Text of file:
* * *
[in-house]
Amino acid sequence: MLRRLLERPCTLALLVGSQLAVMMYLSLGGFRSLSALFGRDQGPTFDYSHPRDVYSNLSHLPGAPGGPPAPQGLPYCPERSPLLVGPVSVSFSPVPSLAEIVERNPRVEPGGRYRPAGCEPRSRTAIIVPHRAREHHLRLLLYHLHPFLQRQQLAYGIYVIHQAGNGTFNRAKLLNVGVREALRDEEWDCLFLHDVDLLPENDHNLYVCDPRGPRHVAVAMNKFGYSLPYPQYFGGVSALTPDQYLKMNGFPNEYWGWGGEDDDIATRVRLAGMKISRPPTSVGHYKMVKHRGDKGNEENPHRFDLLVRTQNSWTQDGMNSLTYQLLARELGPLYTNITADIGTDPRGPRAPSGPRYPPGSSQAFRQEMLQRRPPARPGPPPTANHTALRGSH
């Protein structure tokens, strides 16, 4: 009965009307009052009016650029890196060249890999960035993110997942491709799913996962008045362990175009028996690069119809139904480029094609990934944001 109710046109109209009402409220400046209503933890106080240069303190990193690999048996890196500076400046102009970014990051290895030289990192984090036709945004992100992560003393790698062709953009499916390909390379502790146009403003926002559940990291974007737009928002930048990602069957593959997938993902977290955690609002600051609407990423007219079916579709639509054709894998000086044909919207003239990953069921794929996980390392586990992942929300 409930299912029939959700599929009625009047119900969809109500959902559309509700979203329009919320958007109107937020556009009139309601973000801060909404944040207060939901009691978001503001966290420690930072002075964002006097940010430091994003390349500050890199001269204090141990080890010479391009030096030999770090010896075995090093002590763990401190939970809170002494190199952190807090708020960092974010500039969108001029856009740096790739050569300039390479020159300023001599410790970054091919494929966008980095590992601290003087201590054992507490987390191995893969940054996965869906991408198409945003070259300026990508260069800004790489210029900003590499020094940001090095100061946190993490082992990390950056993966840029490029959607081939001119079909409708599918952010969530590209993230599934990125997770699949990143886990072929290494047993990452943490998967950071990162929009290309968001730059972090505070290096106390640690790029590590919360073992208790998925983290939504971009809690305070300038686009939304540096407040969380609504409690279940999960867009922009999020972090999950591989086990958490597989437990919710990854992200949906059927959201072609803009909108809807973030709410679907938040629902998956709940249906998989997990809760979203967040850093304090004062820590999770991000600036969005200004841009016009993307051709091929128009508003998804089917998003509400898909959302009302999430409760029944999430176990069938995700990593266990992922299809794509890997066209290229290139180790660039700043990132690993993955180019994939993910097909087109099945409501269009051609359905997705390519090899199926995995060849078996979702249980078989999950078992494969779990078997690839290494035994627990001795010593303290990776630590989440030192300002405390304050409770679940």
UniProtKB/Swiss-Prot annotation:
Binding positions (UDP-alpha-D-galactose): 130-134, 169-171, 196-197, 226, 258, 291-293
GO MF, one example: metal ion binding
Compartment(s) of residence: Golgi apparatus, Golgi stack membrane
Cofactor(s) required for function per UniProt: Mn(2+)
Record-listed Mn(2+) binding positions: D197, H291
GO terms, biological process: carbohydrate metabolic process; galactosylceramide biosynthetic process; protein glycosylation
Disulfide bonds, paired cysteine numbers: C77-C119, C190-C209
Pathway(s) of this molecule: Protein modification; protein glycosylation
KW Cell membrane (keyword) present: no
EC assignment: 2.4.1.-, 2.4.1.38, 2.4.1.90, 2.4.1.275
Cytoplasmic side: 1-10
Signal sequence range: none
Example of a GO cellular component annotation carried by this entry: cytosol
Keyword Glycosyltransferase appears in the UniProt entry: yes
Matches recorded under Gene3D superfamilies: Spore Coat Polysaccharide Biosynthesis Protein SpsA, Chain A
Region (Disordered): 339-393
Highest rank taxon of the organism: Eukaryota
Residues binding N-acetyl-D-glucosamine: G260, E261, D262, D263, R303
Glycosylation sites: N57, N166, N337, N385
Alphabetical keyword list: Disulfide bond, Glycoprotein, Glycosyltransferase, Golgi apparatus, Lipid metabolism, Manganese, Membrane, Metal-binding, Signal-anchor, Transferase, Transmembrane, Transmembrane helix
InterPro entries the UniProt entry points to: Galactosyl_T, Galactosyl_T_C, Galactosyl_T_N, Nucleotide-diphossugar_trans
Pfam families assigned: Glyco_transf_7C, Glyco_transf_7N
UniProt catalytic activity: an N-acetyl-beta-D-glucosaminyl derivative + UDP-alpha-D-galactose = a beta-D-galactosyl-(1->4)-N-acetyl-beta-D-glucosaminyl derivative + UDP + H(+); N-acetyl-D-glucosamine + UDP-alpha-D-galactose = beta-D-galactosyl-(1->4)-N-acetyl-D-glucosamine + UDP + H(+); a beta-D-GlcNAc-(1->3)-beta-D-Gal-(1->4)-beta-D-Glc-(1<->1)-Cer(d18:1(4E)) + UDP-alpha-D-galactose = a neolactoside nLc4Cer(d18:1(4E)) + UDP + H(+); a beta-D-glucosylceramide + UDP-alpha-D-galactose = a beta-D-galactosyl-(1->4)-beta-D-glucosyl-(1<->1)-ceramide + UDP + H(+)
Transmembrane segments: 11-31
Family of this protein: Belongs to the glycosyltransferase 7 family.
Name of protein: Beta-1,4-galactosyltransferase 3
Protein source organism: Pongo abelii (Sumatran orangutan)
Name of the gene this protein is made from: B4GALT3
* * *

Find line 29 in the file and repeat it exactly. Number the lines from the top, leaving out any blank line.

Family of this protein: Belongs to the glycosyltransferase 7 family.